Pursuant to this invention the relatively mild refluxing conditions are performed continuously for several hours, in the absence of air. Expected yields pursuant to this invention are generally above 70% by weight, and in most cases above 75% byweight based on the weight of feedstock.

It is of course to be understood that the terms, "absence of air" as used hereinbefore and hereinafter refer in the more general sense to the "absence of oxygen or oxygen containing gas" such as air, inert gases and oxygen mixtures, such asnitrogen-oxygen, argon-oxygen, and the like.

The catalytic cycle stock derived from either FCC or TCC as described above will have an initial boiling point determined by the nature of the refinery operation, generally determined by factors other than manufacture of binder pitch. If thefractionation be so conducted as to provide a cycle stock of low initial boiling point, as in operations for maximum gasoline, the cycle stock may be refractionated apart from the main fractionated apart from the main fractionation of the cracking unit. In general, the cycle stock processed according to this invention will substantially boil under atmospheric conditions above about 400.degree. C.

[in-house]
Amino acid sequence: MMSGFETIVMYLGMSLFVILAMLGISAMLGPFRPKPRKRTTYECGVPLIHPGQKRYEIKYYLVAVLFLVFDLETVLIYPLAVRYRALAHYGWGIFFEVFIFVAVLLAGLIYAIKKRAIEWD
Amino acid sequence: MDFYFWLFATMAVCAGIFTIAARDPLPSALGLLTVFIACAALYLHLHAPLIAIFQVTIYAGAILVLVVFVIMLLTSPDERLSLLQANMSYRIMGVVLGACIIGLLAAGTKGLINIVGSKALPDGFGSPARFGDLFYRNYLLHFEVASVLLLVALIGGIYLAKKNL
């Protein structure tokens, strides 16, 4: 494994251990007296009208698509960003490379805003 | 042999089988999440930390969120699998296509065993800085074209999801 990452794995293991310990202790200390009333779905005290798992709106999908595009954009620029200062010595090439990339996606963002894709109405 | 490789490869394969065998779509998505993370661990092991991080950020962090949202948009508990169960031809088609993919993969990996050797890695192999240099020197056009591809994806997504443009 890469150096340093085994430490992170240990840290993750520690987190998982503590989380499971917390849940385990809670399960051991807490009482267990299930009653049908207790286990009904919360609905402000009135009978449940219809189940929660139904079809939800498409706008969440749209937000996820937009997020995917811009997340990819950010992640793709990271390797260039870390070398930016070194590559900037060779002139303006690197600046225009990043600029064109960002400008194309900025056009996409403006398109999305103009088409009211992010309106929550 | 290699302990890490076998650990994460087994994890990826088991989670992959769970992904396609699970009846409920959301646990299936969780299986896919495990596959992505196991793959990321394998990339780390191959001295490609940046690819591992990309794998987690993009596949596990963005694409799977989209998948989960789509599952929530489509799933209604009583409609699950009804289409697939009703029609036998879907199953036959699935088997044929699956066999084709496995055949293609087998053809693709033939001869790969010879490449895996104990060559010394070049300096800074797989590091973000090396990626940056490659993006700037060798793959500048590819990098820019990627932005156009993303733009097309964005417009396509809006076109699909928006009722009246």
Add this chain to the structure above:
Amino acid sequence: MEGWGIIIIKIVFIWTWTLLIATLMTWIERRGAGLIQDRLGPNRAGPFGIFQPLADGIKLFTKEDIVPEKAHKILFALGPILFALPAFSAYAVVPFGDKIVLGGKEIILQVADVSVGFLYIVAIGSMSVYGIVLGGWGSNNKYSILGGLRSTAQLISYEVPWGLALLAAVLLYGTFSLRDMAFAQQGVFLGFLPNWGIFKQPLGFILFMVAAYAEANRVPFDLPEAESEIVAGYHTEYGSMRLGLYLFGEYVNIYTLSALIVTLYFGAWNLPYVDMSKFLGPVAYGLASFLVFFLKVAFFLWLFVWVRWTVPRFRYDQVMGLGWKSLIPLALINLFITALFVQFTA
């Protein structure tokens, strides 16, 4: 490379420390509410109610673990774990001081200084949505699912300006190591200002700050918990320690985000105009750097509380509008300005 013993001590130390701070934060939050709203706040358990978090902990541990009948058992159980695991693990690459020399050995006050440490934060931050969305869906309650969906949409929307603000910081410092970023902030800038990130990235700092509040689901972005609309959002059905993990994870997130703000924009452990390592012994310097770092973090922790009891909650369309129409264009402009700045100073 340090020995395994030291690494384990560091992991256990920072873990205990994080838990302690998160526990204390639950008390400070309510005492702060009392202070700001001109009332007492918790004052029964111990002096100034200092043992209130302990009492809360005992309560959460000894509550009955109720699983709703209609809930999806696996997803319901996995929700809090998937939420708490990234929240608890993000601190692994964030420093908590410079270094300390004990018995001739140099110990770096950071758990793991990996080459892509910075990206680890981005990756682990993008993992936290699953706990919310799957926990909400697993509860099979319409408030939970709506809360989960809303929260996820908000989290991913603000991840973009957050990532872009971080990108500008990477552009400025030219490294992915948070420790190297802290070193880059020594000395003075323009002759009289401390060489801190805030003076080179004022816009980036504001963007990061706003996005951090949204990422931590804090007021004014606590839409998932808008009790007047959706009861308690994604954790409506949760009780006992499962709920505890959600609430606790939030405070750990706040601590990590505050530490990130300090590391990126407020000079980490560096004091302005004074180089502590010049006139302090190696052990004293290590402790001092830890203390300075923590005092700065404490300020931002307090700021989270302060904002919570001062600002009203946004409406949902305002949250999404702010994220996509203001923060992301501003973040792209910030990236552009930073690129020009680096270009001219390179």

From the foregoing data and disclosure, it will be noted that the present invention makes possible the formation of increased yields of petroleum pitch from clarified slurry oil feedstock. The petroleum pitch produced by the process of thisinvention is mainly used as a binder pitch in the manufacture of carbon electrodes, but has application generally as a binder pitch as known in the art.

Although the present invention has been described with preferred embodiments, it will be understood that various modifications and adaptations thereof may be resorted to, without departing from the spirit and scope of the invention, as thoseskilled in the art will appreiciate.